Lukas Müller-Brunner, director of the Swiss pension fund association ASIP, has pointed the finger at the “double game” played by the country’s worker unions, which is particularly hurting the second pillar pension system.

Union representatives sitting on the boards of trustees of numerous pension funds “do a great job”, supporting not only the individual pension institutions, but the entire system, he said in an interview with the Neue Zürcher Zeitung newspaper.

“But as soon as things get political, their representatives suddenly talk completely differently. Then, they make occupational pension plans [look] bad. That bothers me a lot,” he added in the interview.

In his comments Müller-Brunner referred primarily to the vote in favour of the 13th month of pension, supported by unions, the Greens and the Social Democratic Party, which will lead to an 8.3% first pillar pension increase from 2026.

The ASIP director has accused the supporters of the expansion of first pillar AHV pensions to have deliberately stirred up mistrust within pension funds.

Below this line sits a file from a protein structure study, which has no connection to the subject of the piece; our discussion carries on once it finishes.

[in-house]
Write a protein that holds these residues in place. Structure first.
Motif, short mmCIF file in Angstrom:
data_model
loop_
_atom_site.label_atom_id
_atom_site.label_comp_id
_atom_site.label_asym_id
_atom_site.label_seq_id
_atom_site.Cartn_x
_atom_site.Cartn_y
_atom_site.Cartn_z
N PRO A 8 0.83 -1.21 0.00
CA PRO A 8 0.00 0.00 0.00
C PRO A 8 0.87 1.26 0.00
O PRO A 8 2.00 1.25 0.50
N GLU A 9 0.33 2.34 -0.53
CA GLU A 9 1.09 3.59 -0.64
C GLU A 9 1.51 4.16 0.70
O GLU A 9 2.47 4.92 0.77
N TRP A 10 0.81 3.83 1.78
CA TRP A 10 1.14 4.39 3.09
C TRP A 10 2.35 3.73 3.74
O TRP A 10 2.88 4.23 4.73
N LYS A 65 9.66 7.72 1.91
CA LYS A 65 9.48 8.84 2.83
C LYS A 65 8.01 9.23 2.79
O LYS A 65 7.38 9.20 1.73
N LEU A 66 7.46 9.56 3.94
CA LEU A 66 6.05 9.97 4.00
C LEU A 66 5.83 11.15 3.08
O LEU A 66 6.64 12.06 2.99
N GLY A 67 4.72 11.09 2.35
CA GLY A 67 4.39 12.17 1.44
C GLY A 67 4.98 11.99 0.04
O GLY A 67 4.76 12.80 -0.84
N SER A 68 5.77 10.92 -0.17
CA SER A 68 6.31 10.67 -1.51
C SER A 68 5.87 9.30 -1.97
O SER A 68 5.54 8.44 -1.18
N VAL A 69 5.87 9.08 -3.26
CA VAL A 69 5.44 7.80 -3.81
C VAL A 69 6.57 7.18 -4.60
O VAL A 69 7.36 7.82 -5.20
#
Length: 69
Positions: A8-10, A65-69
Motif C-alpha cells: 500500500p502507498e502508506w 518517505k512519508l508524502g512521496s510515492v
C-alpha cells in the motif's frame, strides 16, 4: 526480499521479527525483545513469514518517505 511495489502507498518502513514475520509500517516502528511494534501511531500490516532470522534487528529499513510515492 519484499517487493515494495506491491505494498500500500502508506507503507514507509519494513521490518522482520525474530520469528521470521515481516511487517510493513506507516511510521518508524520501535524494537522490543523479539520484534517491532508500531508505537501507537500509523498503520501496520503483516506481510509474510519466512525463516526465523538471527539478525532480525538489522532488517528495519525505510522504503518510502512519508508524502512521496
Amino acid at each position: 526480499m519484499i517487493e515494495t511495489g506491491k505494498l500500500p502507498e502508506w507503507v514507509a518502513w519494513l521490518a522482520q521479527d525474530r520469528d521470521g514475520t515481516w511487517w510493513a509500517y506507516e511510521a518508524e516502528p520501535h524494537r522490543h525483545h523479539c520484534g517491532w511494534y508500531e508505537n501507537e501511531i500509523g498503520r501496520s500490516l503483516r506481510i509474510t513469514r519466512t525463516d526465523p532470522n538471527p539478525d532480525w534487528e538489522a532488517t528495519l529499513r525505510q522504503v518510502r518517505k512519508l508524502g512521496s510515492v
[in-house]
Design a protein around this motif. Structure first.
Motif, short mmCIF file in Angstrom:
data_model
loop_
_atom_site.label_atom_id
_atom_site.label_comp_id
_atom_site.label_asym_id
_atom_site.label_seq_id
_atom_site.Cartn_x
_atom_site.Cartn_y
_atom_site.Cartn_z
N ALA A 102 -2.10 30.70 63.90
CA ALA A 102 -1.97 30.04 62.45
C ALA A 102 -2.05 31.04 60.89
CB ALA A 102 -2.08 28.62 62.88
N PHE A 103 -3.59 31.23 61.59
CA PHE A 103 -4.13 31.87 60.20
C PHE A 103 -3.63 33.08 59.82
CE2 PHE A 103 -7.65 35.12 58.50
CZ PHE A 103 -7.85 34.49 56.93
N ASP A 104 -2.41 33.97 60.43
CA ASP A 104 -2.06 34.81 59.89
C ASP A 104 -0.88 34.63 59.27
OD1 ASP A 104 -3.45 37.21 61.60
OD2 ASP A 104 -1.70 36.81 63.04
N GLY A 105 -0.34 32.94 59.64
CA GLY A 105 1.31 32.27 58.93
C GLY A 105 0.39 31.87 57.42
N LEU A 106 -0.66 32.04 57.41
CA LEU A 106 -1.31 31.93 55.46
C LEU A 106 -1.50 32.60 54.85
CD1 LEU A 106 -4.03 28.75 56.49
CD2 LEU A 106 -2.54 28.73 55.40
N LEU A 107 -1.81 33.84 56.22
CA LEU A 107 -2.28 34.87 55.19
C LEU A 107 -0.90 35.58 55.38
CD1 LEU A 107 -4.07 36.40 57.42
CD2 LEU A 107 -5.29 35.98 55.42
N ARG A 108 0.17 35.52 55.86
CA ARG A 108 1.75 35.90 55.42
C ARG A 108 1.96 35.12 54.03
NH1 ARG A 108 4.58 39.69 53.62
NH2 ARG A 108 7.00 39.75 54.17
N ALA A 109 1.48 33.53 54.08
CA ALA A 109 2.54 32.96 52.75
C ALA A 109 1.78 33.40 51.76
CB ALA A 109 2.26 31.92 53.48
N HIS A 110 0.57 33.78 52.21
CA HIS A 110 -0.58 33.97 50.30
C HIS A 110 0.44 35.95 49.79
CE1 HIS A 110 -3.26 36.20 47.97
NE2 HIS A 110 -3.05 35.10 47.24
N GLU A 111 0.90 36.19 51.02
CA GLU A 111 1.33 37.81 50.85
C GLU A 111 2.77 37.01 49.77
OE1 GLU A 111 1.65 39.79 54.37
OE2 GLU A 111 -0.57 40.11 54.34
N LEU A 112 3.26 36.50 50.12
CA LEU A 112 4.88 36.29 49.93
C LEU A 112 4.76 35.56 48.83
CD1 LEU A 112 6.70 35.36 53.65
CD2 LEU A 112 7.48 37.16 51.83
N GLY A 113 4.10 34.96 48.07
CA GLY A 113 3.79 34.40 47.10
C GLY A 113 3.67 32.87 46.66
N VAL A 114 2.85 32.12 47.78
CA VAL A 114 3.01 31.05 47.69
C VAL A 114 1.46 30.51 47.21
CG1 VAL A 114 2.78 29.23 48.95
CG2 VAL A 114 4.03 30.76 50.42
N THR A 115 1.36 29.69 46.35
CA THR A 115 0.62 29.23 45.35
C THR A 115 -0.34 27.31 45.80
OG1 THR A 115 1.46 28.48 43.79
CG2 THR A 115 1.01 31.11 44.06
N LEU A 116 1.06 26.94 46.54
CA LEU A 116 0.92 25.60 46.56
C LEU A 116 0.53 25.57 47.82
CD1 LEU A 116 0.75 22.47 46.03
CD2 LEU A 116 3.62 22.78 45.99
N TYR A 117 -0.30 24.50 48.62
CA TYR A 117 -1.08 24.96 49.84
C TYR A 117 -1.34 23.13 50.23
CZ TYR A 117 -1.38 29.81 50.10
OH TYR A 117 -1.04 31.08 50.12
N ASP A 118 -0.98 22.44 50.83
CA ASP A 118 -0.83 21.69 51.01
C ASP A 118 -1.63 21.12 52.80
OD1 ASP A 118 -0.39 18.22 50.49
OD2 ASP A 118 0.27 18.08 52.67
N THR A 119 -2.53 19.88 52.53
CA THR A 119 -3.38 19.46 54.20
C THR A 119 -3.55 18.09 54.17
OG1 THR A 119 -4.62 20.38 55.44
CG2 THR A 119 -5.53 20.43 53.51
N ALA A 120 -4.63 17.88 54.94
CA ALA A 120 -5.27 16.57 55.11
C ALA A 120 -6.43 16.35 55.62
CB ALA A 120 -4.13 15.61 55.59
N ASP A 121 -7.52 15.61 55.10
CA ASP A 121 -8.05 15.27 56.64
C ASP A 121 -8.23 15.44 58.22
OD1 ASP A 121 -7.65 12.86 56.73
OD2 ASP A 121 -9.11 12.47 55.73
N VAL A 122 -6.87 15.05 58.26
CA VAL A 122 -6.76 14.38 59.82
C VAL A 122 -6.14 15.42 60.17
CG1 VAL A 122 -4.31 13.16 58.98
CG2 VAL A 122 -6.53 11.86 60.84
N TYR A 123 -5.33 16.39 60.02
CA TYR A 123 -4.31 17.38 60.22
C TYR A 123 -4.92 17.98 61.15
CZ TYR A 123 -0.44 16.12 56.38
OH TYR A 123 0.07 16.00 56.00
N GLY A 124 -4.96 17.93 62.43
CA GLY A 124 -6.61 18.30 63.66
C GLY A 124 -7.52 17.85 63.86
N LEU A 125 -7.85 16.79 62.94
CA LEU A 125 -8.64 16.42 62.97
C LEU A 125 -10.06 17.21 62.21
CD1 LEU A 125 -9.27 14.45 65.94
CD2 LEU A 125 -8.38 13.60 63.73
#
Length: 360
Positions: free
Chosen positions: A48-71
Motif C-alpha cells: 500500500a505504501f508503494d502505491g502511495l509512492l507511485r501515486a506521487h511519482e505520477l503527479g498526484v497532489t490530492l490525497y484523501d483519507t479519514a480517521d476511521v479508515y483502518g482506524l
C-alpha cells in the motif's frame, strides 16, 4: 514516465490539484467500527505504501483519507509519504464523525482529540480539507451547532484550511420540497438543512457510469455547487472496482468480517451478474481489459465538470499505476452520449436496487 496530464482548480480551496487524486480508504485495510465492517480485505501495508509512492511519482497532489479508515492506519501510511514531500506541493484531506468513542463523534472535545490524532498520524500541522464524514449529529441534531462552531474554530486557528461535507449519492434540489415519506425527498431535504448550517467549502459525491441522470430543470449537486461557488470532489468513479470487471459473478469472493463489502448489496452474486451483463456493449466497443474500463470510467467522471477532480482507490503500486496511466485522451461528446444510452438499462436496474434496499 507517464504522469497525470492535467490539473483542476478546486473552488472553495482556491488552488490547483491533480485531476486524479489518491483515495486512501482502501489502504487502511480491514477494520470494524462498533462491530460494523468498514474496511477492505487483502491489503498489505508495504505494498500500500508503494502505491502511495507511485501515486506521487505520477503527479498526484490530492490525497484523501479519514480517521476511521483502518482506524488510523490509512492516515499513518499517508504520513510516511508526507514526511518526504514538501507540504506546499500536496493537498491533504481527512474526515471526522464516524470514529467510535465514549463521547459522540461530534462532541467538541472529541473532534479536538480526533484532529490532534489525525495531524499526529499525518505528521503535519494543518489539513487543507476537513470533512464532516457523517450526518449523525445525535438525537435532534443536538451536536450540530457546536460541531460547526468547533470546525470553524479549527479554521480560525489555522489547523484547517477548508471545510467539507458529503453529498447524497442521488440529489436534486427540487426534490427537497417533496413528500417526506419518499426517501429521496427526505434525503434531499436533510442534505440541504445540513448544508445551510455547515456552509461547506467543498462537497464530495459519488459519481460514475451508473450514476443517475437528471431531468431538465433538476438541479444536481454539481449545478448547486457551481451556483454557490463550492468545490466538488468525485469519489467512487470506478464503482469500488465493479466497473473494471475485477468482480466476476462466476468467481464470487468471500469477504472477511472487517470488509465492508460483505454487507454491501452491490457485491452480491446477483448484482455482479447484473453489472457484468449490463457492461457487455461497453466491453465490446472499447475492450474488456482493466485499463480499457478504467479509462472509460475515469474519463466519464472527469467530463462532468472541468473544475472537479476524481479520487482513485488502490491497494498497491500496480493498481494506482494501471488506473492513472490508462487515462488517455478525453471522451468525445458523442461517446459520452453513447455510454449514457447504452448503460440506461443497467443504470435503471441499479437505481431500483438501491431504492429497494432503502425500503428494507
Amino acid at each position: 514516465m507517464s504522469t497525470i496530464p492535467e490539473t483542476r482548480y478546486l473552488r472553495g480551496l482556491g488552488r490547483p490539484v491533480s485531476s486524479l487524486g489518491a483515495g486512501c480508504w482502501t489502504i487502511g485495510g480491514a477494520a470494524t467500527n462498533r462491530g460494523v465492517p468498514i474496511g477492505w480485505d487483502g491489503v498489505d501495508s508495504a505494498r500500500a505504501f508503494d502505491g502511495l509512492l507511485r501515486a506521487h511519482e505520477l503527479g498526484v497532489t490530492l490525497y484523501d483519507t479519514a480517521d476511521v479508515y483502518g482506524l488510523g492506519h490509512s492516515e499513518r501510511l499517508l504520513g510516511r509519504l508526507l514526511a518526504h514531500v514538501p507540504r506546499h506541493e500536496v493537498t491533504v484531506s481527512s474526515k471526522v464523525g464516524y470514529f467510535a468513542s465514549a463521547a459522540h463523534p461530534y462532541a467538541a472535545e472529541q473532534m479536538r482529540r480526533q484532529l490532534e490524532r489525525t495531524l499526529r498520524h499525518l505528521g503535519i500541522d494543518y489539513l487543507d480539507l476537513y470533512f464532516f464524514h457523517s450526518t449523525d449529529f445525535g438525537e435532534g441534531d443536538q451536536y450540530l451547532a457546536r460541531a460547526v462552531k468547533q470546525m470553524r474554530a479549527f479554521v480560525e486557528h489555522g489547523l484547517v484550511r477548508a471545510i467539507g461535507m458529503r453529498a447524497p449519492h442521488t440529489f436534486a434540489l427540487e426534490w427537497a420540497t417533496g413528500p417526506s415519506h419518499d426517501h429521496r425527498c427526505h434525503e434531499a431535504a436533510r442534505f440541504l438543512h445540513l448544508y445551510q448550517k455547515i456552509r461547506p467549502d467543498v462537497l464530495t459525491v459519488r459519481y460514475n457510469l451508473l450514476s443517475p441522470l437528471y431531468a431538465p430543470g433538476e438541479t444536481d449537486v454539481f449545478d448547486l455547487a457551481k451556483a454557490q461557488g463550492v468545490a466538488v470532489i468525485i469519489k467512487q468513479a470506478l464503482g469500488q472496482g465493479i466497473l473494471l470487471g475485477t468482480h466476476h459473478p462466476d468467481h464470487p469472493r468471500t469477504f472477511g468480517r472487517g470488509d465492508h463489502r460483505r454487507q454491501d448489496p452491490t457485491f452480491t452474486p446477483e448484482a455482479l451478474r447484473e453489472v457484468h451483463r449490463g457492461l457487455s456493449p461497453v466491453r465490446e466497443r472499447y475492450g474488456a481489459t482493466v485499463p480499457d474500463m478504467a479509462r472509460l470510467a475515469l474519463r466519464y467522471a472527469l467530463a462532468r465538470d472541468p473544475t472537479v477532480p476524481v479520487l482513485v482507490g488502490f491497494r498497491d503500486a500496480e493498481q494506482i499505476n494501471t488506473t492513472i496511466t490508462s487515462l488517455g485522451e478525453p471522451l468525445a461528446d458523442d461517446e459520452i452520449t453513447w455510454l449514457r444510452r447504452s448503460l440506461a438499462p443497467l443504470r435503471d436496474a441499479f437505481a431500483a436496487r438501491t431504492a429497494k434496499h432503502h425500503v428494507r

“They have criticised occupational pension provisions in order to make the AHV look better. Justified criticism is important, but here the mood was created with blanket accusations,” Müller-Brunner added in the interview.

He warned that such a tactic is a “poison for the system” and can “damage the trust” people have in the Swiss pension system.

Unions have campaigned in favour of the 13th month of pension on the argument that pensions in Switzerland are too low because life is becoming more expensive and pension funds’ benefits are falling, an argument rebutted by ASIP.

“The fact that poverty in old age has fallen so dramatically is largely thanks to occupational pension provisions. We need to explain this [to the public] better,” the director said.

The pension fund association is in favour of reforming the second pillar pension system based on changes approved by the parliament last year, facing a referendum this autumn.

ASIP’s members have decided to support the parliament’s proposal to reform the second pillar pension system, Müller-Brunner said, even if individual parts of the proposal “are not completely technically convincing”.

“It is important that this reform succeeds,” he said.

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